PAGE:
Predicting Clinical Performance in Medical School: The Contribution of Academic and Non-Academic Characteristics Public Deposited

Downloadable Content

Download PDF
Last Modified
  • January 3, 2020
  • Poe, Will
    • Affiliation: Gillings School of Global Public Health, Public Health Leadership Program
  • Background: Medical school admissions committees need accurate and precise screening tools to select among well-qualified applicants. Traditional academic performance indicators, such as grade-point average (GPA) and Medical College Admission Test (MCAT) scores, correlate with standard measures of academic success in medical school, such as pre-clinical grades and scores on National Board examinations. In contrast, valid and reliable predictors of clinical performance during clerkships are lacking. Objective: To compare the power of two admissions tools – one based on previous academic achievement (MCAT scores and GPA) and another based on a content analysis of self-reported biographical information – to predict clerkship performance during the third year of medical school. Methods: A retrospective cohort study of 109 students at the University of North Carolina at Chapel Hill School of Medicine (UNC-SOM) was performed to evaluate the relationship between various pre-admission tools and clinical performance as assessed by faculty preceptor ratings. The two main predictors were an aggregate academic achievement index derived from MCAT scores and GPA and a “non-academic” index derived by coding self-reported biographical information on the medical school application. Ratings on these two indices were correlated with likert-type preceptor ratings on third year clerkships. I analyzed the data using Pearson’s correlation coefficients and multiple linear regression to determine the independent, predictive validity of traditional “academic” variables and “non-academic” variables. Results: Considered as independent predictors, BCPM and MCAT scores did not correlate with clinical performance ratings on any of the three clerkships. The non-academic achievement index predicted performance on Pediatrics (standardized β = 0.18, p=0.09) but did not predict performance in Internal Medicine or Family Medicine. In contrast, the academic achievement index predicted clinical skills ratings in Family Medicine (standardized β = 0.18, p=0.07) but not performance ratings in the other clerkships. Neither admissions tool reached statistical significance at the 0.05 level. Ceiling effects limited the size of the correlations among predictors and criterion measures. Conclusion: This study adds to the growing body of literature suggesting that traditional measures of past academic achievement have little, if any, predictive power for clerkship performance during medical school. The findings suggest that self-reported biographical data from student applications may correlate with future performance in a clinical setting. Medical schools should address the challenge of developing more accurate clinical assessment tools and work to find measures beyond academic achievement to select among future physicians.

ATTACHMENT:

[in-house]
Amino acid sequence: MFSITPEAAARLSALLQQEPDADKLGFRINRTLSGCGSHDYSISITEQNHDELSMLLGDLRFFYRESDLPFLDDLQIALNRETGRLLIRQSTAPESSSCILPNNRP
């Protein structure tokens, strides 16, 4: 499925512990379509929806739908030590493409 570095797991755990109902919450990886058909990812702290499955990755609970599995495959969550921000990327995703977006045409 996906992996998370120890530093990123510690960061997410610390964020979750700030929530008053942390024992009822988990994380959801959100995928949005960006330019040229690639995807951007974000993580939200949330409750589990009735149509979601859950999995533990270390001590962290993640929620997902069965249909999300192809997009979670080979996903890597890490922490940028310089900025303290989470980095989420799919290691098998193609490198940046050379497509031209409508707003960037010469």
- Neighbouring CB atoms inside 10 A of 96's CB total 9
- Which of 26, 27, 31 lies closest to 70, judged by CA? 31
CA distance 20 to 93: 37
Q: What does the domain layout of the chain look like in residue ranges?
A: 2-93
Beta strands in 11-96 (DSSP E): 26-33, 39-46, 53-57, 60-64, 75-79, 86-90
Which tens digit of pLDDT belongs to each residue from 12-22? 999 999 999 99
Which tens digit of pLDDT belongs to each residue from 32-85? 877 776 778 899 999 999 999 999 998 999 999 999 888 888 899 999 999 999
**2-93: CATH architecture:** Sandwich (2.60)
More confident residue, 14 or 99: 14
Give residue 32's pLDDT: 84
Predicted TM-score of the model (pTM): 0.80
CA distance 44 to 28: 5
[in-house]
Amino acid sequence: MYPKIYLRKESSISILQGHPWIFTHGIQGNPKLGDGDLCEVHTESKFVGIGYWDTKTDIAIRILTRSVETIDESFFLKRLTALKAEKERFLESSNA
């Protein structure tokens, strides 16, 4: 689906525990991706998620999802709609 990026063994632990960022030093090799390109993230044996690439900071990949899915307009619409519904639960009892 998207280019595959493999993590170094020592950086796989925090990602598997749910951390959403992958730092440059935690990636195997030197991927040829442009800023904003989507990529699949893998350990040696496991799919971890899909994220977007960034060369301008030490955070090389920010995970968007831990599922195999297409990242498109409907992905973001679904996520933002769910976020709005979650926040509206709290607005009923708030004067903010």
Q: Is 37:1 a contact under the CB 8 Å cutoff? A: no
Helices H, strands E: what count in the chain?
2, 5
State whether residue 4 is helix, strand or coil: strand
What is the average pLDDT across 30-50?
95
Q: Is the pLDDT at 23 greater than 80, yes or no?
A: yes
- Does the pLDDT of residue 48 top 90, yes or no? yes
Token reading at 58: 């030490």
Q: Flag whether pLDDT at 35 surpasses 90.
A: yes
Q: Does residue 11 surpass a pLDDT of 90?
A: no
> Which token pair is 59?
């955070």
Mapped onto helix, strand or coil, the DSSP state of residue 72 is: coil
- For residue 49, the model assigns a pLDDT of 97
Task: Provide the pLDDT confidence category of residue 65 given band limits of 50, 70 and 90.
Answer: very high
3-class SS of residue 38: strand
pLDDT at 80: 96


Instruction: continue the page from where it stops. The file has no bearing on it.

Date of publication
Resource type
Rights statement
  • In Copyright
  • Track: HC&P
  • Paper type: Policy
  • Tolleson-Rinehart, Sue
  • Master of Public Health
Degree granting institution
  • University of North Carolina at Chapel Hill
Graduation year
  • 2012
Deposit record
  • b6f6bdeb-f0b9-4907-a2ad-769b5d2e1080

This work has no parents.